5 Facts About The Legality of Sky Lanterns in Singapore


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Singaporeans are brought together by several things — good food, good lobang, and not-so-good lobang.

This time, after Singaporeans were “robbed” of what was meant to be a beautiful show of sky lanterns at the Sky Lantern Festival, we saw a stunning show of solidarity from Singaporeans on social media sites ranting about the Sky Lantern Festival instead.

If you haven’t already heard of the Sky Lantern Festival saga, you can find out more here. In essence, Singaporeans paid for tickets to a Sky Lantern Festival, thinking they could release sky lanterns, but surprise — the lantern release was abruptly cancelled.

The funny thing about the whole saga is this: sky lanterns are legal in Singapore, albeit with a set of laws applying. Here are five facts about the legality of sky lanterns in Singapore.

The Free Release of Sky Lanterns is Illegal; The Release of Tethered Sky Lanterns is Not So Illegal

Let’s start with the basics by drawing a fundamental distinction between sky lanterns’ free release and tethered sky lanterns’ release.

And no, we don’t mean “free” as in free-of-charge or a free char kway teow bought using your CDC vouchers. We mean “free”, as in the sky lantern is free to fly anywhere, like the release of sky lanterns on your holiday in Taiwan.

According to the Civil Aviation Authority of Singapore (CAAS), the free release of sky lanterns is prohibited. However, the release of tethered sky lanterns is good to go as long as other conditions are adequately fulfilled.

So, as long as your lanterns are stuck to the ground, you’ll probably have a better shot of your sky lantern event flying by the authorities lah (pun intended).

The rationale behind prohibiting the free release of sky lanterns is simple — there are many “things” in the sky. Be it aircraft or birds, sky lanterns pose several dangers to these “things” in the sky when released freely.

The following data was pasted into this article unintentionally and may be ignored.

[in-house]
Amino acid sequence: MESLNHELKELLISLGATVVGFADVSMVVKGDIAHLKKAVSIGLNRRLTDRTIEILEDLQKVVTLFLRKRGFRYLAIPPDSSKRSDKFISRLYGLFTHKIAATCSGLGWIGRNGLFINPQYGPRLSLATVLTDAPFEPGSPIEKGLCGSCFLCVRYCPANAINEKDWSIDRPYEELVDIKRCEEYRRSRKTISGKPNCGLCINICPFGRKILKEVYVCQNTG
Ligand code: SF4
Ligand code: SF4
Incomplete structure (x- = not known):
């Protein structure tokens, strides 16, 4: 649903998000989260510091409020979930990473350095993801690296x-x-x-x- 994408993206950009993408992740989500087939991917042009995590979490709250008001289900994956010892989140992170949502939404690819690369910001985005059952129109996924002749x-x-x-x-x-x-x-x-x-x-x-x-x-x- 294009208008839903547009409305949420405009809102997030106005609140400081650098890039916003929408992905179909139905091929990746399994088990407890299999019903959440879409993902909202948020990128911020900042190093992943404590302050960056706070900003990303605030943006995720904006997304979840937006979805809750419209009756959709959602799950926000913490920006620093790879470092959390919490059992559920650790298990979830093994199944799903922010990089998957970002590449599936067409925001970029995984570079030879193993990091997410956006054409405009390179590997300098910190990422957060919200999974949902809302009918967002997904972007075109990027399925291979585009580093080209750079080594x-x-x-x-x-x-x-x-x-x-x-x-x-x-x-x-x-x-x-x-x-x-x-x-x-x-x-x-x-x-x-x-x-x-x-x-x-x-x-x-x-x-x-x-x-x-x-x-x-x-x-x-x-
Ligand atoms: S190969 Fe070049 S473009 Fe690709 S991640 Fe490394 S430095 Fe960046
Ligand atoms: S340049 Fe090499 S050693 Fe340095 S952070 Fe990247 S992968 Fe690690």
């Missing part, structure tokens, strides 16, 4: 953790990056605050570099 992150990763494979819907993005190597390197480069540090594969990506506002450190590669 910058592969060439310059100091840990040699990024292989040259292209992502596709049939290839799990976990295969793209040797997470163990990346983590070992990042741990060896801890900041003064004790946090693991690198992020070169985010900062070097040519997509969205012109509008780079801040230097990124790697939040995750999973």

For one, the sky lantern could be ingested by aircraft engines or distract aircraft pilots during take-off or landing.

Yes, some people have actual jobs to do even while you’re writing wishes in your half-broken Mandarin on a sky lantern.

On the other hand, the release of sky lanterns may be allowed where the lanterns are adequately tethered to the ground — this ensures the lanterns won’t drift off and give a bird in the sky a heart attack.

The tethers must also be sufficiently strong such that the lantern won’t break free from the tethers and give Chang’e a jumpscare this early in the year.

The Sky Lantern Festival was initially supposed to tether the sky lanterns to the ground for release. However, a site inspection done by SCDF on the day of the Sky Lantern Festival revealed that the tethers were not proper.

A trial run two days before the event also revealed other safety concerns. For one, a lantern candle ignited a small fire on the artificial grass.

I guess that foreshadowed Singaporeans’ fiery rage. Perhaps the organisers should consider switching careers to become fortune tellers.


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Tethered Sky Lanterns Can Only Be Released During Certain Periods

However, for your sky lantern event to be legal, the CAAS requires other conditions to be fulfilled beyond the tethering of the sky lanterns.

One such condition is when you may release your sky lantern.

On weekdays (i.e., Mondays to Fridays), tethered sky lanterns can only be released between 7 pm and 7 am the next day.

Otherwise, the lanterns may only be released from 1 pm on Saturdays to 7 am on Mondays and public holidays.

If you suaku, this means you can release sky lanterns through the weekends and on public holidays, as long as you’re not releasing your sky lantern between 7 am and 1 pm on Saturday (assuming you’re even awake on a Saturday morning).


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It makes sense lah — you release sky lanterns in the day for what? Cannot even see sia.

You Have to Apply for a Permit from CAAS and SCDF

That’s far from the end of the list of conditions you must meet to legally release sky lanterns.

Aiya, at this point, just book a flight to Taiwan and release your sky lanterns there lah.